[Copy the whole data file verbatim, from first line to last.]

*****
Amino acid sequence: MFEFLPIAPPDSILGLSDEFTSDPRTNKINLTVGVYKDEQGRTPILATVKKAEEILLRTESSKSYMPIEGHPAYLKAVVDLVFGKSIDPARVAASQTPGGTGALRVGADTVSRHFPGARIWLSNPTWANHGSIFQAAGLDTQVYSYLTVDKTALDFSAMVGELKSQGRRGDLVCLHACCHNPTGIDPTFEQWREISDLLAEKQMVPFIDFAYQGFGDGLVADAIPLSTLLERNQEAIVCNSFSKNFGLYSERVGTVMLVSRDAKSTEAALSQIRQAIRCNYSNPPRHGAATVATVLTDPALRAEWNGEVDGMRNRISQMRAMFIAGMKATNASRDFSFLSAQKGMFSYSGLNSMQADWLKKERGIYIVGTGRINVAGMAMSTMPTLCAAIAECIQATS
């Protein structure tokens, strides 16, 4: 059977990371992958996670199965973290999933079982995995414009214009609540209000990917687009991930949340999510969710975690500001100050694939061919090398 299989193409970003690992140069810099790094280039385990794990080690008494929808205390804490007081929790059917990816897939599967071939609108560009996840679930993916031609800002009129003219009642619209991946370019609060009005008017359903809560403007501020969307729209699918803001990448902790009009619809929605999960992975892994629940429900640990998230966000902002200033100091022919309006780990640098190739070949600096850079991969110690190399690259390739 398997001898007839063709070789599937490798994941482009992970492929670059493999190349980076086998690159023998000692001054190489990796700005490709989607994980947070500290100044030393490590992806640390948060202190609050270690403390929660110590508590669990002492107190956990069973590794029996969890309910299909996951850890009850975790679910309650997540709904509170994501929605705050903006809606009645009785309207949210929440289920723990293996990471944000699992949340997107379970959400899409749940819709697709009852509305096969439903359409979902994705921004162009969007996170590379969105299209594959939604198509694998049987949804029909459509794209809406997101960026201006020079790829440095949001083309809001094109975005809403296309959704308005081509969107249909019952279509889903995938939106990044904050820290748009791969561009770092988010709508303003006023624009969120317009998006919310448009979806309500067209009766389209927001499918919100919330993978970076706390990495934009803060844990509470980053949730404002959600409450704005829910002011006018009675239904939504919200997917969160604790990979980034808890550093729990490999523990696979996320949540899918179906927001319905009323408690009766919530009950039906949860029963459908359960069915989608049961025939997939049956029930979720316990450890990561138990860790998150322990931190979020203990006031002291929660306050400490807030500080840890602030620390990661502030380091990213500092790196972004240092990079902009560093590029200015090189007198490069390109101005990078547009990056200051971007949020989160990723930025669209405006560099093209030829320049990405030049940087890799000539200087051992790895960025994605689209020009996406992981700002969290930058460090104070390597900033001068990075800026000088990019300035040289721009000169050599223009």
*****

Amino acid sequence: MFEFLPIAPPDSILGLSDEFTSDPRTNKINLTVGVYKDEQGRTPILATVKKAEEILLRTESSKSYMPIEGHPAYLKAVVDLVFGKSIDPARVAASQTPGGTGALRVGADTVSRHFPGARIWLSNPTWANHGSIFQAAGLDTQVYSYLTVDKTALDFSAMVGELKSQGRRGDLVCLHACCHNPTGIDPTFEQWREISDLLAEKQMVPFIDFAYQGFGDGLVADAIPLSTLLERNQEAIVCNSFSKNFGLYSERVGTVMLVSRDAKSTEAALSQIRQAIRCNYSNPPRHGAATVATVLTDPALRAEWNGEVDGMRNRISQMRAMFIAGMKATNASRDFSFLSAQKGMFSYSGLNSMQADWLKKERGIYIVGTGRINVAGMAMSTMPTLCAAIAECIQATS
């Protein structure tokens, strides 16, 4: 059977990371992958996670199965973290999933079982995995414009214009609540209000990917687009991930949340999510969710975690500001100050694939061919090398 299989193409970003690992140069810099790094280039385990794990080690008494929808205390804490007081929790059917990816897939599967071939609108560009996840679930993916031609800002009129003219009642619209991946370019609060009005008017359903809560403007501020969307729209699918803001990448902790009009619809929605999960992975892994629940429900640990998230966000902002200033100091022919309006780990640098190739070949600096850079991969110690190399690259390739 398997001898007839063709070789599937490798994941482009992970492929670059493999190349980076086998690159023998000692001054190489990796700005490709989607994980947070500290100044030393490590992806640390948060202190609050270690403390929660110590508590669990002492107190956990069973590794029996969890309910299909996951850890009850975790679910309650997540709904509170994501929605705050903006809606009645009785309207949210929440289920723990293996990471944000699992949340997107379970959400899409749940819709697709009852509305096969439903359409979902994705921004162009969007996170590379969105299209594959939604198509694998049987949804029909459509794209809406997101960026201006020079790829440095949001083309809001094109975005809403296309959704308005081509969107249909019952279509889903995938939106990044904050820290748009791969561009770092988010709508303003006023624009969120317009998006919310448009979806309500067209009766389209927001499918919100919330993978970076706390990495934009803060844990509470980053949730404002959600409450704005829910002011006018009675239904939504919200997917969160604790990979980034808890550093729990490999523990696979996320949540899918179906927001319905009323408690009766919530009950039906949860029963459908359960069915989608049961025939997939049956029930979720316990450890990561138990860790998150322990931190979020203990006031002291929660306050400490807030500080840890602030620390990661502030380091990213500092790196972004240092990079902009560093590029200015090189007198490069390109101005990078547009990056200051971007949020989160990723930025669209405006560099093209030829320049990405030049940087890799000539200087051992790895960025994605689209020009996406992981700002969290930058460090104070390597900033001068990075800026000088990019300035040289721009000169050599223009």